During the next year, relations between the two men became even more strained after Kościuszko helped write and propagate a pamphlet that called the Polish people to begin an uprising. Napoleon’s secret police censored the document and kept an eye on Kościuszko. During the years in which Napoleon conquered much of Europe, Kościuszko became increasingly removed from politics, and moved to the countryside estate of Peter Joseph Zeltner, the Swiss ambassador to France.
When Napoleon’s enemies finally joined forces and brought his conquests to an end in April 1814, European powers decided to rework the tangled borders of the continent at the Congress of Vienna. Czar Alexander, son of the assassinated Czar Paul, desired Kościuszko’s support and invited him to Vienna. Hesitant and cautious, Kościuszko went. Alexander had offered vague promises that he would restore Poland—ultimately, however, Poland was once again torn up into several pieces that were handed out to Russia, Prussia, and Austria. It was Kościuszko’s last opportunity to witness Polish liberty in his lifetime, and it had all come to naught. The dejected general began his journey back to France with Zeltner. On the way, they stopped in Soleure (Solothurn), Switzerland and stayed with Zeltner’s brother, Francis Xavier Zeltner. Due to unrest in France and the calm of the remote Swiss town, Kościuszko decided to make Soleure his home.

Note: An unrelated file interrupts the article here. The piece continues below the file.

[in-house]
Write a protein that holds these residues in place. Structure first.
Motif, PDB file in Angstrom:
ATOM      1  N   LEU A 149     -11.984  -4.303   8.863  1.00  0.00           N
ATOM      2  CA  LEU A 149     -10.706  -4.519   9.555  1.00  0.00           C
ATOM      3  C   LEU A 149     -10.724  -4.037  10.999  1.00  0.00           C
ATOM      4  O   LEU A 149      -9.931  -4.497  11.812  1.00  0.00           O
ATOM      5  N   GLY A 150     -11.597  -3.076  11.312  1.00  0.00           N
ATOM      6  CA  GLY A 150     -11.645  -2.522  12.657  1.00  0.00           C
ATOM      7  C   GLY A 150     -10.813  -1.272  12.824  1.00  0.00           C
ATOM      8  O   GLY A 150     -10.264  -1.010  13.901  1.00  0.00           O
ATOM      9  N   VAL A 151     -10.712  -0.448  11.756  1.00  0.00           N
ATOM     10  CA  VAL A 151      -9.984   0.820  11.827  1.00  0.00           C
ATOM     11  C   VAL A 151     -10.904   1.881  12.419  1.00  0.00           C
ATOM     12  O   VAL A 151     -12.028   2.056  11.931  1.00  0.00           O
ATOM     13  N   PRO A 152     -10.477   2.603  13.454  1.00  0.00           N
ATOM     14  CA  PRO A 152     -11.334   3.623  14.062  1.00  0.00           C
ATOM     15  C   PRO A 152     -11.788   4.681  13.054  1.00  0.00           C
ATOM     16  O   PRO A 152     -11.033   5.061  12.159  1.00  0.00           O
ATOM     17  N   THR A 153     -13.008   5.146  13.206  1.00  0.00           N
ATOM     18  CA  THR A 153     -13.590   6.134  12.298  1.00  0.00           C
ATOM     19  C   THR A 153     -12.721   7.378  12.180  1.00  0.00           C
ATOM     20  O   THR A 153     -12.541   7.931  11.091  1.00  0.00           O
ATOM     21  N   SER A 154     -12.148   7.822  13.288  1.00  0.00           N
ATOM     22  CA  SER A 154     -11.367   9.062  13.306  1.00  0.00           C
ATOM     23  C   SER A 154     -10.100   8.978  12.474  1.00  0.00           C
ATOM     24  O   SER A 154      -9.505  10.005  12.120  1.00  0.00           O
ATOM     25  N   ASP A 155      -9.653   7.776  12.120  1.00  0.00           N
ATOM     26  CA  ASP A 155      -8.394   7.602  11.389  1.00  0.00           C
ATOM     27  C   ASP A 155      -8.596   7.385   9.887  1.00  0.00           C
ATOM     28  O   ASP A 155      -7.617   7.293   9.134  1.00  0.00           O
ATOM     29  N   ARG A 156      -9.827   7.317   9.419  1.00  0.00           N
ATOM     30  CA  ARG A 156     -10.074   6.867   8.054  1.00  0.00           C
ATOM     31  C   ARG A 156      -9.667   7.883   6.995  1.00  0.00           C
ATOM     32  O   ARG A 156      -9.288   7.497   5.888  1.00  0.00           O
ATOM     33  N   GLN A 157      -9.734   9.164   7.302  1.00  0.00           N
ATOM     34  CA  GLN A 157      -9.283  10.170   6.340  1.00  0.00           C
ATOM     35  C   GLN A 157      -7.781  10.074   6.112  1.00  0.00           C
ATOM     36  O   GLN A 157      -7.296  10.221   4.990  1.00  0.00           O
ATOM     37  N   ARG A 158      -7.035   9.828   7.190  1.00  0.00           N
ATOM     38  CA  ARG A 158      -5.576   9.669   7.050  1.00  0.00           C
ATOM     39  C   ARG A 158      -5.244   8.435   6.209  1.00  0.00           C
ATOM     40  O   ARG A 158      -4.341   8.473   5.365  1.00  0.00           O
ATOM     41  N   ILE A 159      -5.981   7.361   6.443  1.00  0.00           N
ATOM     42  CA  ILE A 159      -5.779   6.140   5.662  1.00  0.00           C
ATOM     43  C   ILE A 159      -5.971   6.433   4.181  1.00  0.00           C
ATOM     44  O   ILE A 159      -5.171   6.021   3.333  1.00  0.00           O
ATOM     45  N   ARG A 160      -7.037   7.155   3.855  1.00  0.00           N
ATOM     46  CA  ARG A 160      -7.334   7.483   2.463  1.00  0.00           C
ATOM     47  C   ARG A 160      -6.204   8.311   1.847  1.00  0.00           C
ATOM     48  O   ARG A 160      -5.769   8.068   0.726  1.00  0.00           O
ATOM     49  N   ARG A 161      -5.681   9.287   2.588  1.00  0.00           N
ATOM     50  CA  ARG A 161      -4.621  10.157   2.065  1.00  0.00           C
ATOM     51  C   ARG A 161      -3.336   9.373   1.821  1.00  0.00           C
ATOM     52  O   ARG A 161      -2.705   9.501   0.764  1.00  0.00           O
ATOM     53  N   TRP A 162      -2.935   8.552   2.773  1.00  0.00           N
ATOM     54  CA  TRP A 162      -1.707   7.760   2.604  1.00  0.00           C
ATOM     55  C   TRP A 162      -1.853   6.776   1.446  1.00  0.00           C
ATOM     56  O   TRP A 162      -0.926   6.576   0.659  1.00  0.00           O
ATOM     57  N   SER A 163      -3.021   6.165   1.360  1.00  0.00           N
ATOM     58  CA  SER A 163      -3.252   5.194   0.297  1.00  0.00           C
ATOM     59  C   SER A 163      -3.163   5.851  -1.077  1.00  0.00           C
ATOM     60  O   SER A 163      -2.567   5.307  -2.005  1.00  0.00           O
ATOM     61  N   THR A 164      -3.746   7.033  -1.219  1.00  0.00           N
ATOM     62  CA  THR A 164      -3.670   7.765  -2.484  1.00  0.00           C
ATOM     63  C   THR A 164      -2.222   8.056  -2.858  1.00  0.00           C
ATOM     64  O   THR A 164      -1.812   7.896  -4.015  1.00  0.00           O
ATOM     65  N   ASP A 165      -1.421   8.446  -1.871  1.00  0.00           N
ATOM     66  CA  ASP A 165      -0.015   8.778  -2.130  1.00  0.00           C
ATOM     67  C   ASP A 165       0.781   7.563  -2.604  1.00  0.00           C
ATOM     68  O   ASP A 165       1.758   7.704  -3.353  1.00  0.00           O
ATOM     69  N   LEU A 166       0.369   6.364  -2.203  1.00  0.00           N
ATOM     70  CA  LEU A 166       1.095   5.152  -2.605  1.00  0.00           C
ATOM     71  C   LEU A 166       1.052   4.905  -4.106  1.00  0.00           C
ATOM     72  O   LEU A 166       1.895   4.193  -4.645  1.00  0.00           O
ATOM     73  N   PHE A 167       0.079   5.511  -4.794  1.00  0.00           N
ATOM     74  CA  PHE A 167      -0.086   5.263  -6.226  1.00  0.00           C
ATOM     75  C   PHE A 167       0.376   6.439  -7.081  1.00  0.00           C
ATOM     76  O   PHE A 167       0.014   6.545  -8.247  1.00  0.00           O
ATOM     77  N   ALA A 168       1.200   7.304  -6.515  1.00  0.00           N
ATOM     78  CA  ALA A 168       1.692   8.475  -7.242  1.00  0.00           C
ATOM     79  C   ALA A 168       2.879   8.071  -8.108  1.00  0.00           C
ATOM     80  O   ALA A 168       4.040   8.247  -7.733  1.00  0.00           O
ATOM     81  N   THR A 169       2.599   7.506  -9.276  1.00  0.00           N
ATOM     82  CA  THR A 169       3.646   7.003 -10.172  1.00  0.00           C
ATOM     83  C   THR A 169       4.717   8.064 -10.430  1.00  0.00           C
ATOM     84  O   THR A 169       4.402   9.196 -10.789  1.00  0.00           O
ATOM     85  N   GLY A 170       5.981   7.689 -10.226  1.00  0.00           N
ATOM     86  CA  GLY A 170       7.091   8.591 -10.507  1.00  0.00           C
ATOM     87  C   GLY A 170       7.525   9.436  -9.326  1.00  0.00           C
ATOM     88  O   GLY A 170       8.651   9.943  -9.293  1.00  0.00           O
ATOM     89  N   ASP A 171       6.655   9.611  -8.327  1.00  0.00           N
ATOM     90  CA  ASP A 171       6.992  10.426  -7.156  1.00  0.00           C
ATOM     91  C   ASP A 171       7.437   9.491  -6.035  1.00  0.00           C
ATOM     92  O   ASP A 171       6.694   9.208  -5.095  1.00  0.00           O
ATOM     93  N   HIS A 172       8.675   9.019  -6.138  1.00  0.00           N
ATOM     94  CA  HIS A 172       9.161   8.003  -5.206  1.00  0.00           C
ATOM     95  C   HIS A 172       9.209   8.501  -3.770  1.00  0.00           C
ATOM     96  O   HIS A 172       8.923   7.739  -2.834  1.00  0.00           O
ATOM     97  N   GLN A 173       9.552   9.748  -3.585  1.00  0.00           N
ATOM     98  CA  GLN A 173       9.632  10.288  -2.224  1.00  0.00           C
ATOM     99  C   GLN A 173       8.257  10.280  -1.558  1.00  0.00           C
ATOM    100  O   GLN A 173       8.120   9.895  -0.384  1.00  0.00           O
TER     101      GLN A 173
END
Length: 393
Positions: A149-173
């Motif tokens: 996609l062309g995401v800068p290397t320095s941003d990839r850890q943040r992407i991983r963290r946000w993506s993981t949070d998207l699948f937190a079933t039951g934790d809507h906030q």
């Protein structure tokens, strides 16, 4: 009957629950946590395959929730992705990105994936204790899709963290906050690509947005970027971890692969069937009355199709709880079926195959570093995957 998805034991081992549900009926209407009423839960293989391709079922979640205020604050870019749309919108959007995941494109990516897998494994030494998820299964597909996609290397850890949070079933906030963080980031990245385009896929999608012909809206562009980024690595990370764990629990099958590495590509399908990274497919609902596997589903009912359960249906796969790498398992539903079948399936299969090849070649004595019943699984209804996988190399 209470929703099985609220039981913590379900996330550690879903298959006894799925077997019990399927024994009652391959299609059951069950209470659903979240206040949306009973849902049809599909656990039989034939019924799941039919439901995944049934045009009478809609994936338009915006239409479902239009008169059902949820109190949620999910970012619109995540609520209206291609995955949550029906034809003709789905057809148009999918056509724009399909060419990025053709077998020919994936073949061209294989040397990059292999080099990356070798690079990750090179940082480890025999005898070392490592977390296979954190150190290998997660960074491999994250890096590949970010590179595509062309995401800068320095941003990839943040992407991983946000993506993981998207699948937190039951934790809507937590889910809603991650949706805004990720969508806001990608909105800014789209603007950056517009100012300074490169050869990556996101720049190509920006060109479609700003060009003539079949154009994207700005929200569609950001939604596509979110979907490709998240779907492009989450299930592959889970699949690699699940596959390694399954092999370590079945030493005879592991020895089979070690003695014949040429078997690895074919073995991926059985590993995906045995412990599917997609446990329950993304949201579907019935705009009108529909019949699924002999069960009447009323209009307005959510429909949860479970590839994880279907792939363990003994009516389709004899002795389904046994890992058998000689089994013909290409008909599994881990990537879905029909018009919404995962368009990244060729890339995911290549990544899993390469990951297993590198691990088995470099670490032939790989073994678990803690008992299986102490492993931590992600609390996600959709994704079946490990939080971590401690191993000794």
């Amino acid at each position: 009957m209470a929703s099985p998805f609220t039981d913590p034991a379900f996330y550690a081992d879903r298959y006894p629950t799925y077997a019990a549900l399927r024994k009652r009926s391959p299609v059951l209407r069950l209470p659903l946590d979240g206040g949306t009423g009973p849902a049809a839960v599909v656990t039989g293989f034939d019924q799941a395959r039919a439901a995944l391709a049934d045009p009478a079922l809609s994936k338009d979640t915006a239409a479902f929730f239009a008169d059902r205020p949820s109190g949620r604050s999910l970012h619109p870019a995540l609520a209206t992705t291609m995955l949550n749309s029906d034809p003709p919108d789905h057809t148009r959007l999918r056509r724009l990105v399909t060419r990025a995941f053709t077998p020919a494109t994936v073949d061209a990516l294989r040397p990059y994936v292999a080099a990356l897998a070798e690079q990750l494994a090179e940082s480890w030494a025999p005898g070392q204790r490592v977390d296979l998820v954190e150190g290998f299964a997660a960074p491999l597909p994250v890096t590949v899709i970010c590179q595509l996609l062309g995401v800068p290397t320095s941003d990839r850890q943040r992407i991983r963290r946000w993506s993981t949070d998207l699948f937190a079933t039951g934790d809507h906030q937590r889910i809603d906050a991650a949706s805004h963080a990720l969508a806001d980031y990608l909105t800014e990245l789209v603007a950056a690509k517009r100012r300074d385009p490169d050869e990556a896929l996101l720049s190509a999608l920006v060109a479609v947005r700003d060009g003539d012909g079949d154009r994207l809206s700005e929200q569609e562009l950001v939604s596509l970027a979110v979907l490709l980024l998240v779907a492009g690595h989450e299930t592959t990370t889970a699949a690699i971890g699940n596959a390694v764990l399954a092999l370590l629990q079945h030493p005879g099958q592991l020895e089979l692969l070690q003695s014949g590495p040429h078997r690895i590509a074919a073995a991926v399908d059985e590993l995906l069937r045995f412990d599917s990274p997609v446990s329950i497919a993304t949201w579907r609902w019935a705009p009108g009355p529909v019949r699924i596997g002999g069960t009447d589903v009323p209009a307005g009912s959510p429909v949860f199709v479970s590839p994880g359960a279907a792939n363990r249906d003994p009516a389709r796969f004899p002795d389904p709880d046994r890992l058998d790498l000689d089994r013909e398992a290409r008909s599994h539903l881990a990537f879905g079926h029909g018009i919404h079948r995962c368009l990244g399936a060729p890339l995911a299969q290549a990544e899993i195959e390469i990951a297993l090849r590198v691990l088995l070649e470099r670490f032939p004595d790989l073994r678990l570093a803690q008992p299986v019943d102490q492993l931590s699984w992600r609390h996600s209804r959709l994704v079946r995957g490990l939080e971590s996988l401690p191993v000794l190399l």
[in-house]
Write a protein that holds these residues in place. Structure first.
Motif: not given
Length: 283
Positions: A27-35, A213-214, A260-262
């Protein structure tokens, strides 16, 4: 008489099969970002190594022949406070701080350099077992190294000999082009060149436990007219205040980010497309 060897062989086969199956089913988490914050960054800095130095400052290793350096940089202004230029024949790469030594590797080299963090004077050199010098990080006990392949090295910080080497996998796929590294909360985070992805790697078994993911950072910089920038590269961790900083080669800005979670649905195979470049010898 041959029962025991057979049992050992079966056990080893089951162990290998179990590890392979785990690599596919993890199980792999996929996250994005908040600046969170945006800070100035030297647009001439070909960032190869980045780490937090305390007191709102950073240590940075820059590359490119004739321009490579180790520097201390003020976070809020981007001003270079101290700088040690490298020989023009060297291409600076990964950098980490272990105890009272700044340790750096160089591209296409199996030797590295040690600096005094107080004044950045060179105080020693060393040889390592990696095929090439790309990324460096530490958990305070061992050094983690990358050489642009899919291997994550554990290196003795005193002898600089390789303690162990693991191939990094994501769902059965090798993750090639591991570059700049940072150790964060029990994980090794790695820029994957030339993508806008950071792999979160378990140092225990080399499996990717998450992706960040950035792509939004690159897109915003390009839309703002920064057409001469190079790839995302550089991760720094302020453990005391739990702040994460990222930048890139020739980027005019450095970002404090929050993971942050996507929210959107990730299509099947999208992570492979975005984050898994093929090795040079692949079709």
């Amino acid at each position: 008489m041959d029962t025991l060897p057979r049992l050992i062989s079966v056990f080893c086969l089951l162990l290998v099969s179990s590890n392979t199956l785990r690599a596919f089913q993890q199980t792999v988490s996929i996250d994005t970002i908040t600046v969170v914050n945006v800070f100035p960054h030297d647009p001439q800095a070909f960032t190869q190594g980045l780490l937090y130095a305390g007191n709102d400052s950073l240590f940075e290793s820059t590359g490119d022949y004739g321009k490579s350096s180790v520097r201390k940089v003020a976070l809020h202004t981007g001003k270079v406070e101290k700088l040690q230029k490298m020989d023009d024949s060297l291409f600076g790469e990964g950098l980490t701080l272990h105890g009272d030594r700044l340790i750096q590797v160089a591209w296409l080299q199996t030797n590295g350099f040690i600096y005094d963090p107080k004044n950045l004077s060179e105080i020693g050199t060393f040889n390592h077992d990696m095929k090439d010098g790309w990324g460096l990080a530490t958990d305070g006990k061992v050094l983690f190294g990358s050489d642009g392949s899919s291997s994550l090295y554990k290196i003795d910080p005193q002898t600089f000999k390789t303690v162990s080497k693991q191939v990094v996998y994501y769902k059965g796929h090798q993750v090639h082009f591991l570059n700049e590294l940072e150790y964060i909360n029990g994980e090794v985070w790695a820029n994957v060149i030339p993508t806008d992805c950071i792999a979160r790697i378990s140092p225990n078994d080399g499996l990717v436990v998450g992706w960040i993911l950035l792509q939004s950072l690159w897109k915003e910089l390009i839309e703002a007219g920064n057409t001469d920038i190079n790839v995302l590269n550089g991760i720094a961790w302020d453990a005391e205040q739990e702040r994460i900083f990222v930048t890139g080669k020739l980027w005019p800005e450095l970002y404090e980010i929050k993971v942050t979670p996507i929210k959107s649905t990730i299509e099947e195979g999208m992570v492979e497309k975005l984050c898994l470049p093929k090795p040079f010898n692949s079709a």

During the last years of his life, Kościuszko corresponded with Jefferson, tutored the Zeltner children, and rode his horse through the hills and valleys of Switzerland. He died at the age of 71 at 10:00 p.m. on October 15, 1817. His internal organs were buried in Soleure, but the rest of his body was placed in a coffin, which was picked up after a few months, under the orders of Czar Alexander, and transported to the Wawel Cathedral in Krakow. There he remains to this day, entombed alongside royalty and the heroes of Poland.
Nash, Gary B., and Graham Russell Hodges. Friends of Liberty: Thomas Jefferson, Tadeusz Kościuszko, and Agrippa Hull. Basic Books, 2008.
Storozynski, Alex. The Peasant Prince: Thaddeus Kosciuszko and the Age of Revolution. Thomas Dunne Books, 2009.